History

People thought this Penang fort didn’t fire gunshots.. until old cannons were found

PS: If you’d like more stories like this, please subscribe to our HARI INI DALAM SEJARAH Facebook group. 🙂

Universiti of Sains Malaysia (USM) archaeologists recently found a cannon and a mortar during excavation works at the outer part of Fort Cornwallis.

How did the cannon end up like that? Image from FMT (Bernama pic).

How did the cannon end up like that? Image from FMT (Bernama pic).

And this isn’t the first time either. They found two cannons and 9 cannonballs the year before! Wah seems like anyone with a spade and a metal detector can find more hidden treasures at Fort Cornwallis. In fact, there are an estimated 100 other cannons and 10 other mortars, which are still buried underground!

But if you’re planning to go treasure hunting there, perhaps it’s a good idea to know a bit about the history of this iconic Penang landmark, and how it ties intrinsically with the history of the Island itself, starting with…

 

Francis Light kinda ‘lied’ to convince the British that Penang was better than Melaka and Singapore

penang overambitious history

From the book, Gentleman Capitalists: British Imperialism in Southeast Asia 1770-1890 by Anthony Webster

In the mid 1700s, the British East India Company (EIC) was looking for a port to help boost commercial and admin activities, between its base in India and trade destination in China, as both were experiencing a boom. Southeast Asia was the target, specifically to try to secure a settlement in or near the Straits of Malacca.

Francis Light. Image from TSLR.

Francis Light. Image from TSLR.

In Kedah, there was a free merchant with a very familiar name (from your sejarah books) that had cultivated good connections with the locals. Captain Francis Light convinced the British to form a trading station in Kedah, by grossly exaggerating the amount of exports that Kedah had (tsk… angmohs). At the time, Kedah was under threat from the Siamese and the Dutch, so they were looking for a protector.

The British at the time were in an uneasy peace treaty with the Dutch, and so they couldn’t approach Johor (whose position was more ideal for a port), so Francis Light recommended that Penang Island would be a great place for trade and ship stopovers between east and west since it’s strategically located along the Straits (also by exaggerating its potential and hiding its limitations).

In the 1780s, Kedah was under threat from Selangor as well, so the Sultan was relieved to strike a deal with Light and the EIC, granting him Kuala Kedah and the entire coast including Penang Island as long as Light kept to his promise of protecting Kedah from Selangor. On 15 February 1786, he wrote to the Governor-General of India, Lord Charles Cornwallis, on the success of his mission in getting Penang.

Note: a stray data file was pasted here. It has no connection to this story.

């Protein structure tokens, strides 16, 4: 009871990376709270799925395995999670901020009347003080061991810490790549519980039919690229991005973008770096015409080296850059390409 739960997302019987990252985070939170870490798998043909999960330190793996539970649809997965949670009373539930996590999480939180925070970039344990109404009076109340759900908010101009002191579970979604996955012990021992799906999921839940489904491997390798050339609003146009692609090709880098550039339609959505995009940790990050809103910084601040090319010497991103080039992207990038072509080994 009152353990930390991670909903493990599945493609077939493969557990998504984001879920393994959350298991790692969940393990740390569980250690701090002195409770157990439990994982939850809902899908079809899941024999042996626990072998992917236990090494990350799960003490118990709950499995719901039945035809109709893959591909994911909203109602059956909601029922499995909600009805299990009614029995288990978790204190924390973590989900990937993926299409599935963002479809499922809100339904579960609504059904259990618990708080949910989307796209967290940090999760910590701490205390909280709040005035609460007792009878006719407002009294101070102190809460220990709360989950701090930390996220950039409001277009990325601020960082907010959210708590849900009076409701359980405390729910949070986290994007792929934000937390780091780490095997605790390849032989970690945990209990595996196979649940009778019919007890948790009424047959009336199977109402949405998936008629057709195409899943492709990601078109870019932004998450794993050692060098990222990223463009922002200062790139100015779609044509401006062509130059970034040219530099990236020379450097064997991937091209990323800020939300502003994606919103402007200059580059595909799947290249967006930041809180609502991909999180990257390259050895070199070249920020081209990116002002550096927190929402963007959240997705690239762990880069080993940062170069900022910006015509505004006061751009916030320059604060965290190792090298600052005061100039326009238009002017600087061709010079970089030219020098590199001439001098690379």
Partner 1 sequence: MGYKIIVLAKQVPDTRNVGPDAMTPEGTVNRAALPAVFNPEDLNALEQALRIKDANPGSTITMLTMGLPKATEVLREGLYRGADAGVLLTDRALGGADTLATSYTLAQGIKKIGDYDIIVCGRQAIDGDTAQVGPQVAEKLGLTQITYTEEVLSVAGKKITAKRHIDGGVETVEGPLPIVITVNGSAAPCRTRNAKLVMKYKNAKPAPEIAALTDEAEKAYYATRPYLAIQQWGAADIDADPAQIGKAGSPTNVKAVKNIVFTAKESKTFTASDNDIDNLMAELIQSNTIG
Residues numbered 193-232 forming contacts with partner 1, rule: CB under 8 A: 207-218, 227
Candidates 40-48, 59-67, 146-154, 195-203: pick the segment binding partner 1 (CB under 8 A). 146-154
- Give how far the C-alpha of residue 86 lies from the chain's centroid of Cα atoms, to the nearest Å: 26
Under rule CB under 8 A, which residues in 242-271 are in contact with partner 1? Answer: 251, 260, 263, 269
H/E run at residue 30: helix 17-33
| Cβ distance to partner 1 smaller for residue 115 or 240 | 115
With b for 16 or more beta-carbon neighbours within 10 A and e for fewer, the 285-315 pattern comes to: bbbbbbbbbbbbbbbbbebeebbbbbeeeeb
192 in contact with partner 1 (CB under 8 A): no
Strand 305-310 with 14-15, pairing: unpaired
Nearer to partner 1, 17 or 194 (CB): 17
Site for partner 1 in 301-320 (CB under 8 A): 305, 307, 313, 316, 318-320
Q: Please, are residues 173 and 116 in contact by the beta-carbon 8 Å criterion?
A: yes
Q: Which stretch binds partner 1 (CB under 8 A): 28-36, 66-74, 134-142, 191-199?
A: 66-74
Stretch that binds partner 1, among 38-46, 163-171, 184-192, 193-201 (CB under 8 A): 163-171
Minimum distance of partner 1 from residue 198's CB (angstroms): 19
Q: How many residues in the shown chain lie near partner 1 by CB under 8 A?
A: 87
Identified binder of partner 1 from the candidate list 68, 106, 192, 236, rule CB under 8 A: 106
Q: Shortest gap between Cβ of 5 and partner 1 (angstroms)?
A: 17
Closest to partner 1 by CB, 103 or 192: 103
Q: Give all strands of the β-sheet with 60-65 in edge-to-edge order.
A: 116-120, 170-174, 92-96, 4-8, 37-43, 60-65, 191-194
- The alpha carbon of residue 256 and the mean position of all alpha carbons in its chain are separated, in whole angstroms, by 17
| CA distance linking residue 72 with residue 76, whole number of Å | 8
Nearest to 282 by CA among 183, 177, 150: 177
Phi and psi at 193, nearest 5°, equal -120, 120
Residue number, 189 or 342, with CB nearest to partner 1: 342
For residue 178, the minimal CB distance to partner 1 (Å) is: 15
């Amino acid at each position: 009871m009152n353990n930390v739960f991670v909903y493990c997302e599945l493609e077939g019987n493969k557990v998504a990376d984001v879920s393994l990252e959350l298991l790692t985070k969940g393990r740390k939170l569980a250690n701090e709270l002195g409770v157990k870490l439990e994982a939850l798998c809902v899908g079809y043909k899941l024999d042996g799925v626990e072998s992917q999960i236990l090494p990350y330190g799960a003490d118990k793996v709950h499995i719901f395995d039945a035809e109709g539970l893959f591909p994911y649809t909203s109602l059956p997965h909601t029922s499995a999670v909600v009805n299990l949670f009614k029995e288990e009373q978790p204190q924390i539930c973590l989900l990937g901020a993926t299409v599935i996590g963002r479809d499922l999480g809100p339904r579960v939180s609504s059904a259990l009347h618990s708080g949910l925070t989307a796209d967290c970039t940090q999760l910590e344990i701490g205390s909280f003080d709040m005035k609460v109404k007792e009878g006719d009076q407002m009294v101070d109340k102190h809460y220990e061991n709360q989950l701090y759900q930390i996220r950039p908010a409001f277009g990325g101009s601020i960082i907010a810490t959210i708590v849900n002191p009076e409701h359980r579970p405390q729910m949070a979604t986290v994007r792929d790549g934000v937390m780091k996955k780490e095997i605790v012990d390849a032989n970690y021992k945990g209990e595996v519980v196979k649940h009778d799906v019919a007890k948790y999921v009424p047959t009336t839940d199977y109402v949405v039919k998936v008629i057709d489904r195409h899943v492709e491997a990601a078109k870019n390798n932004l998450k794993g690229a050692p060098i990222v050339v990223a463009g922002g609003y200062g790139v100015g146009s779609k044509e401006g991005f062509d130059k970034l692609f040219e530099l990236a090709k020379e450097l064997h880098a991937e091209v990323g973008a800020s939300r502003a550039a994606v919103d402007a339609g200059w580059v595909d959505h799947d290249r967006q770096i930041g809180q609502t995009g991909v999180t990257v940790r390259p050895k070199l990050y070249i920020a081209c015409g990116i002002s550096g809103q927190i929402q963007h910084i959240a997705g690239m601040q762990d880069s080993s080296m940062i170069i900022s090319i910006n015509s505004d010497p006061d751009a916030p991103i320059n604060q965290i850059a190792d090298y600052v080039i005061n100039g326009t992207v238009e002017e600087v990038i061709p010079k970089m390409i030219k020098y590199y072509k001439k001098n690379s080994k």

As Lords do, they build forts, and name them after themselves lo.

 

The first Fort Cornwallis was made of trees. But it rotted away.

On 17 July 1786, Light first landed on Penang’s shores. The location he chose for his settlement, near Tanjung Penaga, used to be covered with lots of trees, so his guys straight away cut some down to make room for their tents. But the area was exposed to the threat of pirates and foreign powers (which funnily included Kedah), so he needed some form of protection there.

The ceremony of christening the island. Image from Itchyfeetandmore.

The ceremony of christening the island. Image from Itchyfeetandmore.

So, he marked out space for a fort and put up a flag to show formal possession of the island while naming it Prince of Wales Island. If you’ve visited the fort, you could probably imagine how it looked like in its early days when only nibong palms were used to create a simple stockade (barrier made of wood or something similar).

Not an artist rendition of the first Fort Cornwallis. Image via Davidwhite2013

Not an artist rendition of the first Fort Cornwallis. Image via Davidwhite2013

Strangely, we couldn’t find information of any other forts made with nibong palms anywhere in the world, and no photos or paintings of the Fort Cornwallis one either, but that’s probably because the nibong palms rotted so quickly and always had to be replaced.

Lord Charles Cornwallis. Image from Concordia Intl School Shanghai.

Lord Charles Cornwallis. Image from Concordia Intl School Shanghai.

 

They only started putting bricks because of… the French?

Three years after the simple stockade was completed, Indian convict labourers began rebuilding the fort using bricks. Then, when Light heard that Britain and France were having a war, he feared the French would soon come to Southeast Asia (like the Dutch and the Portugese), and quickly tried to replace the whole thing with bricks. Flag signals were also added to warn the ships which approached the northern tip of Penang Island.

NAH, BACA:
Is Penang seriously banning the use of loudspeakers in mosques?!

To build the fort using bricks, it was given a new star-shaped design, which was based on geometric and military engineering principles refined by the French and British and have been used throughout Europe and North America during the 18th century.